In brief

  • Ross Gerber, Meltem Demirors, and Dan Barile chatted about institutional investment at Ethereal Summit.
  • Gerber said the worries some conservative investors have about cryptocurrency's risks are overblown.
  • Demirors wants the "separation of money and state."

At today’s Ethereal Virtual Summit powered by Decrypt, one of the biggest new entrants to Bitcoin investing and a veteran Bitcoin investor put their fingers on why some institutions and retail investors have been slow to adopt cryptocurrency: It's hard to break the dollar habit.

Ross Gerber, CEO of wealth management firm Gerber Kawasaki, which announced in March it would help clients buy and manage crypto via Gemini, said that trust in the almighty dollar—and fear of crypto as risky—is misplaced. In response to a question about conservative investors who fear Bitcoin investing because it's not insured by the Federal Deposit Insurance Corporation (FDIC), Gerber went off.

"The FDIC went bankrupt in the financial crisis," said Gerber. "The FDIC doesn't exist. That's a fucking fantasy. Rule number one: Any promise the U.S. government makes is a fantasy. We don't have any money, we have a trillion in debt. So if the banks go under, if JP Morgan goes under, FDIC covers 0% of it. We saw this happen. It's just a fallacy. The banks are the worst-run institutions in America. To think that that's some level of safety with your money is the biggest fallacy I've ever heard."


Gerber was referring to when the FDIC became insolvent following the 2008-2009 global financial crisis. Though it did not technically go bankrupt, it was forced to place a one-time fee on banks to cover its losses.

CoinShares CSO Meltem Demirors, the veteran Bitcoiner on the panel, which also included Dan Barile of Anthony Scaramucci's SkyBridge Capital, seized on Gerber's point to make a larger one that government control of money should be re-thought.

"What Bitcoin is enabling, cryptocurrencies are enabling, is the separation of money and state," she said. "What we're trying to do is a really challenging cultural and social paradigm shift that's just going to take a long time for people to internalize because change is really really hard. It's really really hard for humans to incorporate new information."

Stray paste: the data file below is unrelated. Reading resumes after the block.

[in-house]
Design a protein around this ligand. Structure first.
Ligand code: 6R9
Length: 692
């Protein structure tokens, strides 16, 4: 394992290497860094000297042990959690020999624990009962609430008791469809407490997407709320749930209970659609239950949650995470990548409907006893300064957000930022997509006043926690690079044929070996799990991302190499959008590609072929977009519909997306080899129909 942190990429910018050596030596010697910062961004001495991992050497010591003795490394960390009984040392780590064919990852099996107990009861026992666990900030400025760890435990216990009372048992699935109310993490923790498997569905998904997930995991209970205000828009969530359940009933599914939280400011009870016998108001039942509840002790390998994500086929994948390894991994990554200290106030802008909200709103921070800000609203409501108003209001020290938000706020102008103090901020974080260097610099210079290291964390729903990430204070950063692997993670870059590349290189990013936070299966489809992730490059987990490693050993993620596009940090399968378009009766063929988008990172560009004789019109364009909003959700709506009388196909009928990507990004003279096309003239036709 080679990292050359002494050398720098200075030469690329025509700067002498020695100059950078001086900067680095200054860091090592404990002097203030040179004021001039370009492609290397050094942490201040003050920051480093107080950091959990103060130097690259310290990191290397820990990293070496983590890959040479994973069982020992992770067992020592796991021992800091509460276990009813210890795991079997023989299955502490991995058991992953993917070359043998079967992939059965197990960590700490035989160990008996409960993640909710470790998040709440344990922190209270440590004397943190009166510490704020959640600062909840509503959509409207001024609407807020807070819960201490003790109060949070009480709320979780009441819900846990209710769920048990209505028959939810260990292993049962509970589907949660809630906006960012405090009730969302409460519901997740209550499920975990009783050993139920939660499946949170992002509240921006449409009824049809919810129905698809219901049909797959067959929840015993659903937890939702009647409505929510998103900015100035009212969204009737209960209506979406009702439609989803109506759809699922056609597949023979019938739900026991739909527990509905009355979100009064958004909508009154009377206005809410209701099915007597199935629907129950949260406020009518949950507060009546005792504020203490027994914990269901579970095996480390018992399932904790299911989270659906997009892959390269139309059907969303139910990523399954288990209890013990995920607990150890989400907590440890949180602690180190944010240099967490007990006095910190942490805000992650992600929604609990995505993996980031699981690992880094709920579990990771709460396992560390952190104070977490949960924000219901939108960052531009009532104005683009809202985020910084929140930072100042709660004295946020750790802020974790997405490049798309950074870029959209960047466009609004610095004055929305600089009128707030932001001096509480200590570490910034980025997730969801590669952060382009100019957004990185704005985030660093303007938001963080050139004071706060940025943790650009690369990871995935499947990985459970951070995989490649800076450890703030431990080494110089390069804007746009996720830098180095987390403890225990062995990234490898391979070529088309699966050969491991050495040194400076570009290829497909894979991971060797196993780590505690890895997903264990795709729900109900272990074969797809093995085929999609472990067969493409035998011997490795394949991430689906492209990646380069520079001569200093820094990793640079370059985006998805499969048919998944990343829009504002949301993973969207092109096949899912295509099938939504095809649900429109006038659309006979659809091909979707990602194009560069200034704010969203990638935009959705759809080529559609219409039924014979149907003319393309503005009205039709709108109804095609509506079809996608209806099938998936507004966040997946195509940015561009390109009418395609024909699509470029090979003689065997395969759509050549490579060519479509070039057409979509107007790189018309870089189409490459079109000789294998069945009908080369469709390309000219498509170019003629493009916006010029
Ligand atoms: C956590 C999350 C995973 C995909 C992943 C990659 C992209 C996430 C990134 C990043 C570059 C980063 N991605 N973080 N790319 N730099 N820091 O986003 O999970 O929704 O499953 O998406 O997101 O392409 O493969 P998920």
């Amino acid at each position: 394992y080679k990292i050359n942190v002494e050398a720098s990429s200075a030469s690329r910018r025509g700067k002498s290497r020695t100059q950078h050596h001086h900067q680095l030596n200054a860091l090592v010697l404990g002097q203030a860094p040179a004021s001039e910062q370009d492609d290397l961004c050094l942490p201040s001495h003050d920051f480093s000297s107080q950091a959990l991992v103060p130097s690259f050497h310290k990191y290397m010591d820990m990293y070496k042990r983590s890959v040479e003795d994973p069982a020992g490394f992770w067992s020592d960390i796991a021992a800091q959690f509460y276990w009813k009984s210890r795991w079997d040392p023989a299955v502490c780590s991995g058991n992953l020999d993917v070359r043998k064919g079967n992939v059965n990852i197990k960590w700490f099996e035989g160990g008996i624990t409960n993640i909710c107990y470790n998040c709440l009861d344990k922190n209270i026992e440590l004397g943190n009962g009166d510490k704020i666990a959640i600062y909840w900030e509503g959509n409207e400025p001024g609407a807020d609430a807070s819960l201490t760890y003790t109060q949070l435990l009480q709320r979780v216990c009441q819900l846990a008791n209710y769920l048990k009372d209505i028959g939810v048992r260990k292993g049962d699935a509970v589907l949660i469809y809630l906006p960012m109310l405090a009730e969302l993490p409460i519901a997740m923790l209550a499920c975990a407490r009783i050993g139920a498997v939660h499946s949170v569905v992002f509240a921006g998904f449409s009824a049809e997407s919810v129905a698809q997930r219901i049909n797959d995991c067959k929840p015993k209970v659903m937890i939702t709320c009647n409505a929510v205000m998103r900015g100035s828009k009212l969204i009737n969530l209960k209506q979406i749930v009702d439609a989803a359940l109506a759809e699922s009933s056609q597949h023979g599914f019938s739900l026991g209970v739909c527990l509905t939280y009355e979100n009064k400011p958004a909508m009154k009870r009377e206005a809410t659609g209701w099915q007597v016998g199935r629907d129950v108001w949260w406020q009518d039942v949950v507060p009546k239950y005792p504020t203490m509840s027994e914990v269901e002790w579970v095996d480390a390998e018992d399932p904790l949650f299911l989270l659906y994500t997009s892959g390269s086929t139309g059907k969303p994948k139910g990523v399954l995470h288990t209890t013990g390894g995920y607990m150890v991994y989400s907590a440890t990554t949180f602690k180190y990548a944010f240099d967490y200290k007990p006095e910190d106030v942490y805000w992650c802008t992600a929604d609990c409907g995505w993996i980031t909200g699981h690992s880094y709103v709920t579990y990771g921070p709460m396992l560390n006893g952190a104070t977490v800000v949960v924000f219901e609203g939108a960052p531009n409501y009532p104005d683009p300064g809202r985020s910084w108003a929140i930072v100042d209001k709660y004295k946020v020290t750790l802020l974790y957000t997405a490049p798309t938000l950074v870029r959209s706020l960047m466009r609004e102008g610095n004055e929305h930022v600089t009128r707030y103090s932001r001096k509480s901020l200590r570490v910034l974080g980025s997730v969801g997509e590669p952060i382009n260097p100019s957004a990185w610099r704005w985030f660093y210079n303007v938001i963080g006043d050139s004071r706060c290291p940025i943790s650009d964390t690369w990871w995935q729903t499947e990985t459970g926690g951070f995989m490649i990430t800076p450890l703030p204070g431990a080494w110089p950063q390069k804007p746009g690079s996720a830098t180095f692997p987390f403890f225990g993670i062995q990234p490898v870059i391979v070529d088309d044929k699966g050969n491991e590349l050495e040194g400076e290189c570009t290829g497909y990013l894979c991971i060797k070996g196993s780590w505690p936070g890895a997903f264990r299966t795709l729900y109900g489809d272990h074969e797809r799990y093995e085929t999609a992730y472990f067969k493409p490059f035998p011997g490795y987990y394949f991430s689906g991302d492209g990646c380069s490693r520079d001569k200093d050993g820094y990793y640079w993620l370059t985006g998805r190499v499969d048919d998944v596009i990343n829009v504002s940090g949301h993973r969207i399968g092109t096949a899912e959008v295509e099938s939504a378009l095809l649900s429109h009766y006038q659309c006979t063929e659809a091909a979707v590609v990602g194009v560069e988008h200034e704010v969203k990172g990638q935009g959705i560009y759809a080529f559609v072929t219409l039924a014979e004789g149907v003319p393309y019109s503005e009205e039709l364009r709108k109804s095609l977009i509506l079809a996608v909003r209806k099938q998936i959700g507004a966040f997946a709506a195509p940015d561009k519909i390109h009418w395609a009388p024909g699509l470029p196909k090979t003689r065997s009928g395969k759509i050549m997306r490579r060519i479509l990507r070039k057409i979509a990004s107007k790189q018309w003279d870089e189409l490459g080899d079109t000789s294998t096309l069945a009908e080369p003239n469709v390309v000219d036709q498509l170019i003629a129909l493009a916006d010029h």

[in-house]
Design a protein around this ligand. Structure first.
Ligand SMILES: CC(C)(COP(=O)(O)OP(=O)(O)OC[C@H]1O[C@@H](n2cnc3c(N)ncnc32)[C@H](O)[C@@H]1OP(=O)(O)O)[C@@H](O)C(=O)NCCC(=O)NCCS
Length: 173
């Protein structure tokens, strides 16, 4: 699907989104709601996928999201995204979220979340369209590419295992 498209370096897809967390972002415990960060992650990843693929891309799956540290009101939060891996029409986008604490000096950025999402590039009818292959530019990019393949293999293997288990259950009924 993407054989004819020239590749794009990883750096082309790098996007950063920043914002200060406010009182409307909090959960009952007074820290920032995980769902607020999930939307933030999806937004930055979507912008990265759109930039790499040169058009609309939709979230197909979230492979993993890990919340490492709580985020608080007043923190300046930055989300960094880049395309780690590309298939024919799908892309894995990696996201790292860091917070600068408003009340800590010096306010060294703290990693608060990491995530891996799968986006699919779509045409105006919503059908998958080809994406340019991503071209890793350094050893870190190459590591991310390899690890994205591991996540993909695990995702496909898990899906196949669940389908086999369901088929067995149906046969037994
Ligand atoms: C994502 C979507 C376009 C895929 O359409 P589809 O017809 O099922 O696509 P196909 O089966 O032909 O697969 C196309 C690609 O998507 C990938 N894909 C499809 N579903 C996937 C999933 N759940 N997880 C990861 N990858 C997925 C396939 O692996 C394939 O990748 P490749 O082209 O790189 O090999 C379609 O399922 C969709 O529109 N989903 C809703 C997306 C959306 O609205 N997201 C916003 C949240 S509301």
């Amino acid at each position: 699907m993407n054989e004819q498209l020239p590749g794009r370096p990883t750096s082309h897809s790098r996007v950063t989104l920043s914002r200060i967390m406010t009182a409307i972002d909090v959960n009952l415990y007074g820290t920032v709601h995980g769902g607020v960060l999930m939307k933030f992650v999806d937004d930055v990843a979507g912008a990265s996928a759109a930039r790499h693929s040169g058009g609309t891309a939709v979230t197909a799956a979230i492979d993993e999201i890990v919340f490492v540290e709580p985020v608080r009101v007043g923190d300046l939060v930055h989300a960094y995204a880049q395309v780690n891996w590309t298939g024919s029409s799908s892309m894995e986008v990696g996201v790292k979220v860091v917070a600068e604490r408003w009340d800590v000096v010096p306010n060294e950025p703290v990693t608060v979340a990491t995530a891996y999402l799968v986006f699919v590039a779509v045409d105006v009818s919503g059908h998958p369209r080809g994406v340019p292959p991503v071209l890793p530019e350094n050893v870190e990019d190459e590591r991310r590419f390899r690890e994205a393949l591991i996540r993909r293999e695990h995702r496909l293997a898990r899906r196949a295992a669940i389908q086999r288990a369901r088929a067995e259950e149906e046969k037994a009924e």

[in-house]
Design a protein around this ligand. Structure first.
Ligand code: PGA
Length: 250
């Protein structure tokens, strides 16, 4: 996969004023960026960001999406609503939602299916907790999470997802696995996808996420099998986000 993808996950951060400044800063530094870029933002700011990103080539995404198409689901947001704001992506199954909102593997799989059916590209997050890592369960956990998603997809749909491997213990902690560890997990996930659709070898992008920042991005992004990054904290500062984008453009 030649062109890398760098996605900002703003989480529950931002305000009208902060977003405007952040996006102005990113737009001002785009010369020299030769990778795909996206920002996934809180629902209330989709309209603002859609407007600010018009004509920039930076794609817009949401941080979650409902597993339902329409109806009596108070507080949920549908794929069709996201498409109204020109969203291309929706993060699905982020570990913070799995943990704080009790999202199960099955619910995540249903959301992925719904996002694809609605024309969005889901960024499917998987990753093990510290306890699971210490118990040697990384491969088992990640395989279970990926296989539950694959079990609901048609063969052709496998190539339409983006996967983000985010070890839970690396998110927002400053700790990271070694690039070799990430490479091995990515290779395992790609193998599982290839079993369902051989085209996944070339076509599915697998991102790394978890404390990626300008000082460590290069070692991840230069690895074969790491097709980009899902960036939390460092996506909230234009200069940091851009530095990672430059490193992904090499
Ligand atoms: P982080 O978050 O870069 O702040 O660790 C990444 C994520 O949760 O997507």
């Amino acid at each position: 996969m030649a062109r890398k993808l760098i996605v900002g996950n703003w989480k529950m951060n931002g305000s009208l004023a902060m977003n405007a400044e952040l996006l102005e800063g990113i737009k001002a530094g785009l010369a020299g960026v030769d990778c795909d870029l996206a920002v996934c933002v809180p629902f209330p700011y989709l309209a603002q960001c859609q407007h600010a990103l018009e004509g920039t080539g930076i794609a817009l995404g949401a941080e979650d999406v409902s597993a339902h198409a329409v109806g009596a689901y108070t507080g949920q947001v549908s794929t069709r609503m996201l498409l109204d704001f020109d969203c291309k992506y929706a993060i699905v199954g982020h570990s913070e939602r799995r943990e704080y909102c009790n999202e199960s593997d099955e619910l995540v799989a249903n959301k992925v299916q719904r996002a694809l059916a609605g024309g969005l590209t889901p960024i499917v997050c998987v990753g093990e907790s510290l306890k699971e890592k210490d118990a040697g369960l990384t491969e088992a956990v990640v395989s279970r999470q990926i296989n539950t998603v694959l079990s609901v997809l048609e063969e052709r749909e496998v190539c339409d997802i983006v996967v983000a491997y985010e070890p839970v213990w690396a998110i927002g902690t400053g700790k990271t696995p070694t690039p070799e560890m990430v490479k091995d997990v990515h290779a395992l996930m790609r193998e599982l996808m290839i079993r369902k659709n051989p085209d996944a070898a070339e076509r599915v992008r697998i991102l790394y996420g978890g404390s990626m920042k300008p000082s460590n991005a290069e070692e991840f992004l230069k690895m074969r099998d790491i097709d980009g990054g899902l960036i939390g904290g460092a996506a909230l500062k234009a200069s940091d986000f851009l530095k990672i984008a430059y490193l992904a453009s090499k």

Gerber said such a separation is an idea that's come full-circle. "Ironically, money started as gold, and it was stateless when it started," he said. "The US dollar was really Bitcoin in 1780. So if you would have asked the British what they thought of the US dollar in 1775, they would have said, 'It's fucking Bitcoin.' Rebels printing their own money!"


The panel represented a coming together of two different types of institutional investor (a term Demirors said should be redefined to include any individuals who hold their own crypto assets). Demirors, who joined CoinShares in 2018 after a three-year stint as vice President at Digital Currency Group, sits atop $4 billion in client assets. She's seen traditional investment firms like SkyBridge and Gerber Kawasaki take their time coming around to Bitcoin. "It's seven years, for me, of doors being shut in your face," she said.

Gerber Kawasaki, meanwhile, is a traditional wealth management firm which counts $1.8 billion in assets under management. It only recently moved to incorporate crypto, though Gerber said he's been into the space for years. Before he became such a fan of Bitcoin, Gerber was known in the investing world as a Tesla and cannabis bull.

Institutional investment is big business as not all traders or cryptocurrency investors are comfortable managing their own funds. Instead, they search out traditional finance firms or specialized digital asset firms to take care of their cryptocurrency purchases.

A recent report by Coinbase Institutional, which provides advanced trading and custody services for investment firms such as Grayscale, noted that the amount of money in cryptocurrency funds was above $36 billion by the end of 2020—nearly double what they were the previous year. 

Those are impressive numbers, but Gerber suggested it's still early: "Apple is worth basically the same as the entire crypto market today."


The views and opinions expressed by the author are for informational purposes only and do not constitute financial, investment, or other advice.

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